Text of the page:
The St. Albert Botanic Park’s birdhouse is back – no questions asked, but with its return, there are nothing but questions.
The birdhouse was stolen from its pedestal at the park sometime between July 9 and 12. A story was written in the Gazette about the incident and readers were asked to contact the RCMP if they knew anything about the loss. Two weeks ago an unnamed woman phoned the RCMP saying she knew where the little house was. The RCMP picked up the house and returned it to the park.
“We know it was found in a residential location near the park. But why was it taken there and where was it hidden? Was it under a bunch of leaves and that’s why it was just found now when someone tried to pick up the leaves?” asked park president Joan Johnson, as she and park founder John Beedle speculated about how the house was taken from its perch.
“It was probably about 10 feet off the ground,” said John Beedle. “It could have been kids but it could also have been adults who took it, because either they had something to climb on or someone stood on someone else’s shoulders to get it down.”
With his own hands up in the air, Beedle, 89, swayed and wobbled as if he were standing on those thieving shoulders. He demonstrated the difficulty of the task the vandals would have faced as they tried to lift the house down from over their heads.
“Imagine trying to lift it down. The thing weighs 20 pounds,” he said.
In 2012 Beedle had the idea to put the birdhouse up on the spot where the old Atkinson-family house was located. Tom and Florence Atkinson lived on the property from 1917 to 1961 and the birdhouse, built by volunteer Kevin Brenneis was modelled from old family photographs. Just like the original homestead house, it is complete with a red roof, cream-coloured siding and a veranda. The original home had two bedrooms upstairs and the upper storey of the birdhouse has room for two chickadee families. The birds could enter their 18-by-16-inch abode via a hole that looks like a window.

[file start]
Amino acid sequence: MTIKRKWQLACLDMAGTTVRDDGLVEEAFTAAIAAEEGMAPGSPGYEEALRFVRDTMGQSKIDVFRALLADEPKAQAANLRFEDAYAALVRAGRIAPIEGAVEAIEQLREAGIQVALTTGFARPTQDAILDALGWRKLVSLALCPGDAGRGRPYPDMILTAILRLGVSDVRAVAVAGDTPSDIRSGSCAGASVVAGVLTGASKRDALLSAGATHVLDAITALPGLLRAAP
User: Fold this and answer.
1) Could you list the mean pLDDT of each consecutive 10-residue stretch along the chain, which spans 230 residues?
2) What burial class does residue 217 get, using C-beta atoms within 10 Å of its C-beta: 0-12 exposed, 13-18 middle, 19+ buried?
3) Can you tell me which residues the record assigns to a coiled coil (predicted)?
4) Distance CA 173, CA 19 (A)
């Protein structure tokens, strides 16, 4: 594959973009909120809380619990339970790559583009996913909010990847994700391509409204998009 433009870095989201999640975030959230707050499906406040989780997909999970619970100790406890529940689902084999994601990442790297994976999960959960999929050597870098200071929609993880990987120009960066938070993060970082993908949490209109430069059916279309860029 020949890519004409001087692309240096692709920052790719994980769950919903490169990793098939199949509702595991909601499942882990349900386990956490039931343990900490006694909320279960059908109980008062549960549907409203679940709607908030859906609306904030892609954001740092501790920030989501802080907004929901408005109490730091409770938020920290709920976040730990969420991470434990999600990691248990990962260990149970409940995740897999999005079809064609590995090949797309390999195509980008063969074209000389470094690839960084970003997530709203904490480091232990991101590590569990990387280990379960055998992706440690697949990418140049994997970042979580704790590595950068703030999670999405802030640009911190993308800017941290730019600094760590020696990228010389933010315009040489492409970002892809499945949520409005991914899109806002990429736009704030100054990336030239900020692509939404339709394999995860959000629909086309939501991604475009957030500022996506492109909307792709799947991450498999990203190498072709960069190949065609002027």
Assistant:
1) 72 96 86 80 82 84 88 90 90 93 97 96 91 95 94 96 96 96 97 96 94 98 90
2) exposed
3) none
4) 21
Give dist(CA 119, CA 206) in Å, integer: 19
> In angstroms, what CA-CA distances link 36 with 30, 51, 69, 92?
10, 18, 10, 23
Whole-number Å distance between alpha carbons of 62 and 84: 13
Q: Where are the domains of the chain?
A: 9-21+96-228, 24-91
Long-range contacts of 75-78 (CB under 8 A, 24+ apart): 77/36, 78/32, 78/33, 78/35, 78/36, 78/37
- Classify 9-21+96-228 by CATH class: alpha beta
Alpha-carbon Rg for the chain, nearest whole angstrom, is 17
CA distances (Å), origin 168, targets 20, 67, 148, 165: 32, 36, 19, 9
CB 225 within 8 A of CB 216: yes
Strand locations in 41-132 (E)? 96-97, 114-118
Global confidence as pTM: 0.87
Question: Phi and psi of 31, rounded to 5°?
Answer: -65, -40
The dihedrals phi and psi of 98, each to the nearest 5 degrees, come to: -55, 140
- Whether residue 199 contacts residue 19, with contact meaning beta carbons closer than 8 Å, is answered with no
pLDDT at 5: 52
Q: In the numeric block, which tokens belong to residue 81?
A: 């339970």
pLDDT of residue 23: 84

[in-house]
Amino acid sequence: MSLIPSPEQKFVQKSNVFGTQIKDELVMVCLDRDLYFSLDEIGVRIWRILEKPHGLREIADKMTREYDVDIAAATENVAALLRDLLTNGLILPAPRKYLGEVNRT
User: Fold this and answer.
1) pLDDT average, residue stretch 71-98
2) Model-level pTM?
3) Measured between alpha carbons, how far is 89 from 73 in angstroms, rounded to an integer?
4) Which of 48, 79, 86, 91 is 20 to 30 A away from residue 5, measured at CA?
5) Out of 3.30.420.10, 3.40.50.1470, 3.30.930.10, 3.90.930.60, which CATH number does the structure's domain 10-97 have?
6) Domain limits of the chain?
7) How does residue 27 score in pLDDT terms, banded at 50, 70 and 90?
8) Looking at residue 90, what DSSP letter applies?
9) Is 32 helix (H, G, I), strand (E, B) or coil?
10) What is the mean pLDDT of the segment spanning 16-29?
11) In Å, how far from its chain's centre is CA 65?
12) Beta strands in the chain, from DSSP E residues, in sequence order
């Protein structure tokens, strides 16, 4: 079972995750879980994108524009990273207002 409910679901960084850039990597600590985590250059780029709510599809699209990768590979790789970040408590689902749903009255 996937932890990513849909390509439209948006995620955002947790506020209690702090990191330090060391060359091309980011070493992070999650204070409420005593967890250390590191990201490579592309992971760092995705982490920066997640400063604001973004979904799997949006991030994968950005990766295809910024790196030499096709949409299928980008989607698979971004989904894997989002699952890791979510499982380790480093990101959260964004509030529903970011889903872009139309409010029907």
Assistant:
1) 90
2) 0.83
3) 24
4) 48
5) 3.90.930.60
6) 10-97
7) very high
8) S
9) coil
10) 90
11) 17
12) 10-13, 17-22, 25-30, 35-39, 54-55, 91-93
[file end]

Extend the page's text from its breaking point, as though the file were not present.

As artworks go, the birdhouse didn’t have a great deal of material value, but it had great sentimental worth.
“As soon as it went missing people who walk through the park noticed and asked, ‘Where is the house?’ I was unhappy for the volunteers who work in the park and enjoyed it. It was there for park visitors and for the volunteers and something was missing from our park, despite all the efforts of so many people to put something nice there,” Johnson said.
Beedle felt the loss of the birdhouse in a tangible way. He visited with the Atkinson sisters, who were at the time close to 90 years old, before it was built. He listened to their stories about canoeing across the river to visit the boys on the other side. He heard how they walked to school on Mission Hill.
In 2012, when it was installed near the old location, Beedle was 86 years old, but he climbed up on a ladder to get it perfectly in place.
“It was there to honour our past. It was just another way to show what it was like in St. Albert before. When it went missing I was sad and I was mad. The good news is, it’s back now and it’s not damaged, but next time I put it up, I’ll make sure it is secured in a way that won’t be so easy for anyone to take down,” Beedle said.
The birdhouse will be put back in its original location next spring.